BAY ST. LOUIS, MS (WLOX) - Two Hancock County churches merged as one on Sunday in hopes of bridging a racial divide.
Many of the members at Shoreline Baptist Church are white, but this Sunday, the congregation that filled the pews looked much different.
That’s because mixed among them were visitors from First Missionary Baptist Church. All of them were black. First Missionary’s pastor the Rev. Allen Jenkins developed the idea of this “drop-in fellowship.”
“Considering how divided our country is, divided politically, oftentimes racially as well, we thought it would be a great idea that a unity would begin in the body of Christ," he said.
He reached out to Shoreline pastor Barry Ginn, a man who he had never met but who was willing to jump on board.
“I think it’s a great opportunity for us to come together under one roof and worship together," Ginn said.
These two pastors said it’s time for that to change and hope to send a message to other churches.
“Even though the country is divided on a lot of issues, that we can come together as one race and unite together and worship together, and not only worship together, but fellowship together outside the church," Ginn said.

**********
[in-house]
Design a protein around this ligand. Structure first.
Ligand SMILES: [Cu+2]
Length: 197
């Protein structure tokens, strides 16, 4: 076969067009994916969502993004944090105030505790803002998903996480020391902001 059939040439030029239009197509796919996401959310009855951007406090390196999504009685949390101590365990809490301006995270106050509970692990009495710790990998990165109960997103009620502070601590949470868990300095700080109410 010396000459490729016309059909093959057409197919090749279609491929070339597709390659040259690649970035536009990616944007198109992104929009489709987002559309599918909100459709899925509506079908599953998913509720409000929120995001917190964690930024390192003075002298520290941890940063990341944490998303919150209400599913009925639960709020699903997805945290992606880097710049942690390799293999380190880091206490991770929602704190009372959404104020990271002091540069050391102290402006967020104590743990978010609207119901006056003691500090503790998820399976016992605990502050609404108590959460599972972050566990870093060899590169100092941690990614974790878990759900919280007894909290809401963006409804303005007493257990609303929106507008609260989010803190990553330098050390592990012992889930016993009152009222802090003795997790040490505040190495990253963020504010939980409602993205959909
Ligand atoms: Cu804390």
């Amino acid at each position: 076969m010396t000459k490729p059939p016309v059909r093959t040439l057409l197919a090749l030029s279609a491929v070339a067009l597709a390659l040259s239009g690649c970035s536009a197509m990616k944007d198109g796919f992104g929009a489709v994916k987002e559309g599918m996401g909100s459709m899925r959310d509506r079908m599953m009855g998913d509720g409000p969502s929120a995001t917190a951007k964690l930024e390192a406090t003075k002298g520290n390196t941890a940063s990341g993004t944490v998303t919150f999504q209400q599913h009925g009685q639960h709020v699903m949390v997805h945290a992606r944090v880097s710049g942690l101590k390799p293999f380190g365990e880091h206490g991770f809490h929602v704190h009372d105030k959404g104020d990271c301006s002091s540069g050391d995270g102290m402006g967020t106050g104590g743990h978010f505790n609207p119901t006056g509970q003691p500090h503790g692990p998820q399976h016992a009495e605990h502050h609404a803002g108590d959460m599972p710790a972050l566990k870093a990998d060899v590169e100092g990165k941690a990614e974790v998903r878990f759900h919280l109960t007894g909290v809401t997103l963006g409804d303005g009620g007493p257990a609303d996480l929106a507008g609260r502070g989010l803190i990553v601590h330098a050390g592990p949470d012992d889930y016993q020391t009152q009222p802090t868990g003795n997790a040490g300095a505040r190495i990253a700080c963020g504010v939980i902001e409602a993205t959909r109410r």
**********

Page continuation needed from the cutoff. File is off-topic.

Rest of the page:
“Both of us are hoping that this idea will spread, and there will be more congregations to get together and, of course, help us repair the division that’s among us throughout the nation," Jenkins said.
Though the two churches are racially distinct, Sunday was proof that by spiritually coming together as one, they can tear down walls.
Sunday’s service also coincided with Shoreline Baptist’s appreciation service for first responders and elected officials.
Jenkins said he plans to have three more of these drop in fellowships.